12 January - 20 June 2016

Mice study investigates link between pancreatic cancer and a high fat, high calorie diet

9 Oct 13

A mouse study published in Cancer Prevention Research by researchers from UCLA’s Jonsson Comprehensive Cancer Centers has reported a link between obesity and pancreatic cancer.  Previous studies have reported a positive association between obesity and increased risk of pancreatic cancer although Eibl et al note that no studies had previously modelled human pancreatic cancer in animals.  The team used a genetically engineered mouse model that had the same genetic mutation found in human pancreatic cancer patients.  Eibl et al. split the mice into two sets and fed one group a  high fat, high calorie diet containing approximately 4,535 kcal/kg; 40% of calories from fats, and the other set a low fat diet containing approximately 3,725 kcal/kg; 12% of calories from fats for 4 months. The team found that the mice eating the normal diet gained around 7.2 g, whereas the mice fed the high fat and high calories gained around 15.9 g. The mice consuming the diet high in fat and calories had abnormalities of their metabolism, increased insulin levels and had marked pancreatic tissue inflammation and development of PanIN lesions. The mice fed the normal diet however had mostly normal pancreases with very few scattered PanIN lesions.  The scientists report that these findings indicate that these markers are precursors to cancers, noting that the development of these lesions in mice is very similar to what happen in humans.  They state: “These lesions take a long time to develop into cancer, so there is enough time for cancer-preventive strategies such as changing to a lower-fat, lower-calorie diet, to have a positive effect.”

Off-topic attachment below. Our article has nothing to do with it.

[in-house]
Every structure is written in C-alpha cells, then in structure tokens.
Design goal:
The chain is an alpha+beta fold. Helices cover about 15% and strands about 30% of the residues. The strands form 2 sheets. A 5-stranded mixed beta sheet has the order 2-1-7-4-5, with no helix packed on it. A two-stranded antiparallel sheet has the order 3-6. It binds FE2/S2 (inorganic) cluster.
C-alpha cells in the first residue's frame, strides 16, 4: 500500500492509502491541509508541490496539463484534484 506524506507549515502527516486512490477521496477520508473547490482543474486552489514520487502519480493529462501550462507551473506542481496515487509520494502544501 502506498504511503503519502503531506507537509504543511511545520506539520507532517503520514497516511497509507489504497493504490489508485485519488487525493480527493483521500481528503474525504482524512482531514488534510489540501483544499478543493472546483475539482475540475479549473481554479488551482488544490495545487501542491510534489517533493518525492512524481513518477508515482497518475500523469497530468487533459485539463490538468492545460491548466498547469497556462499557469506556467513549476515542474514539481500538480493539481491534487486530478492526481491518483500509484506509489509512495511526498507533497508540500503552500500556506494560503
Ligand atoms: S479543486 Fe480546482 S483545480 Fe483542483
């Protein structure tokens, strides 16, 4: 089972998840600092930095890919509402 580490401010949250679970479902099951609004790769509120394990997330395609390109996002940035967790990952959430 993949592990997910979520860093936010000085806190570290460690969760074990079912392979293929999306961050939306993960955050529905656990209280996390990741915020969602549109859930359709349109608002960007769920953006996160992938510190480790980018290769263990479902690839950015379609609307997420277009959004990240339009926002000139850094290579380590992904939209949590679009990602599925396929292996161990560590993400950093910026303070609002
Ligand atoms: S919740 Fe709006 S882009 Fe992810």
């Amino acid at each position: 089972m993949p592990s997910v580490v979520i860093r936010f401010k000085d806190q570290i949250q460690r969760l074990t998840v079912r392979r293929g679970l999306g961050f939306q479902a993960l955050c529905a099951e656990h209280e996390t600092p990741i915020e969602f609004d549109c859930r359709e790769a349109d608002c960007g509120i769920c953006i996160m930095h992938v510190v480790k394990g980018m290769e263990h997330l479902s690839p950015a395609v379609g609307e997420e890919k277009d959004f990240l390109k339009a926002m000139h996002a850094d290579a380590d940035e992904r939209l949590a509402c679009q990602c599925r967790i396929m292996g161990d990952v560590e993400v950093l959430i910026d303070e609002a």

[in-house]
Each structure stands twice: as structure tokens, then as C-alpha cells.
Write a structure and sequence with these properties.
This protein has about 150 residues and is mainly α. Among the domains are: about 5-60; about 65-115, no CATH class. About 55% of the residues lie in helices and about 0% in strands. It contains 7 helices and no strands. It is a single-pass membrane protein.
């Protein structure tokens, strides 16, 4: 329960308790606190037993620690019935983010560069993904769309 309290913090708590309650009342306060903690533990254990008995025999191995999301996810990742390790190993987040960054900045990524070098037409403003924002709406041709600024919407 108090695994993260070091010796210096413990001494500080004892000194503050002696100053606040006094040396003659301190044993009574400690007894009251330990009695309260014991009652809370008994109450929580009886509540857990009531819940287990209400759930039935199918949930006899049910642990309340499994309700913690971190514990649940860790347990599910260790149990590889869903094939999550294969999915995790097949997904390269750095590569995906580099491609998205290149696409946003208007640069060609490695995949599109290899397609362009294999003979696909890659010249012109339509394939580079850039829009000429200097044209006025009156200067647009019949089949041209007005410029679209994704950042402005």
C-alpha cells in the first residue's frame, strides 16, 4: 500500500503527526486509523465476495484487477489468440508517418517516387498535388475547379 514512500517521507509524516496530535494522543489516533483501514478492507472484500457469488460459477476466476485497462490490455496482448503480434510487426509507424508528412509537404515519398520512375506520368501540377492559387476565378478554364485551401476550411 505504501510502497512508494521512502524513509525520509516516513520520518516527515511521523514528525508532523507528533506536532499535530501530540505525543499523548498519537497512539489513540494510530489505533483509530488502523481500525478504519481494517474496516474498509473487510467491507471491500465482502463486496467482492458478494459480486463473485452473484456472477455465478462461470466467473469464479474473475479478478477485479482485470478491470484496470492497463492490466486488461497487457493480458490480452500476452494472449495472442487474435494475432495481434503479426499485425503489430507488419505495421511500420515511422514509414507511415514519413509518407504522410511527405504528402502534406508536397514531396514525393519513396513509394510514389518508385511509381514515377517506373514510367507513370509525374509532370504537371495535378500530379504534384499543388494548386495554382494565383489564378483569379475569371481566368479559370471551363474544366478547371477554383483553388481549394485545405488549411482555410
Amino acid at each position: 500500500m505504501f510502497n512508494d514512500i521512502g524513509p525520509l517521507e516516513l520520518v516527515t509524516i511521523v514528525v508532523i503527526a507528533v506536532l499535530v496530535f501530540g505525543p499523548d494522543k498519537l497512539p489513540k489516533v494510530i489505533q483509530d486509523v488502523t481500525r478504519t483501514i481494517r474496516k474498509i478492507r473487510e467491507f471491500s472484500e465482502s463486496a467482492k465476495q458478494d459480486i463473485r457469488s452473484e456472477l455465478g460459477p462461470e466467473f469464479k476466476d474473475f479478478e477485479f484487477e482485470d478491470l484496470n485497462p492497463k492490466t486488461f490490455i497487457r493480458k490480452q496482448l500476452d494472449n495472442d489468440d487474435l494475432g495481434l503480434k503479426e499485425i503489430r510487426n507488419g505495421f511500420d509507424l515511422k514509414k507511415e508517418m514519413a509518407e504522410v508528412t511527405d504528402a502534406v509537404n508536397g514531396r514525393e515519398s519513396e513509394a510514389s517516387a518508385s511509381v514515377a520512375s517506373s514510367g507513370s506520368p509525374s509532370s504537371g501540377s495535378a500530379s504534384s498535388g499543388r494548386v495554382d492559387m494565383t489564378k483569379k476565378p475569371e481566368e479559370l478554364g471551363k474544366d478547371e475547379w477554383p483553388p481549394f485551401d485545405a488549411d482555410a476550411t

RSSL's Product and Ingredient Innovation Team has considerable expertise in developing a wide range of food and drink products at a laboratory and pilot scale.  For more information please contact Customer Services on Freephone 0800 243482 or email enquiries@rssl.com

share this article
RSSL endeavours to check the veracity of news stories cited in this free e-mail bulletin by referring to the primary source, but cannot be held responsible for inaccuracies in the articles so published. RSSL provides links to other World Wide Web sites as a convenience to users, but cannot be held responsible for the content or availability of these sites. This document may be copied and distributed provided the source is cited as RSSL's Food e-News and the information so distributed is not used for profit.

Previous editions

Load more editions

Make an Enquiry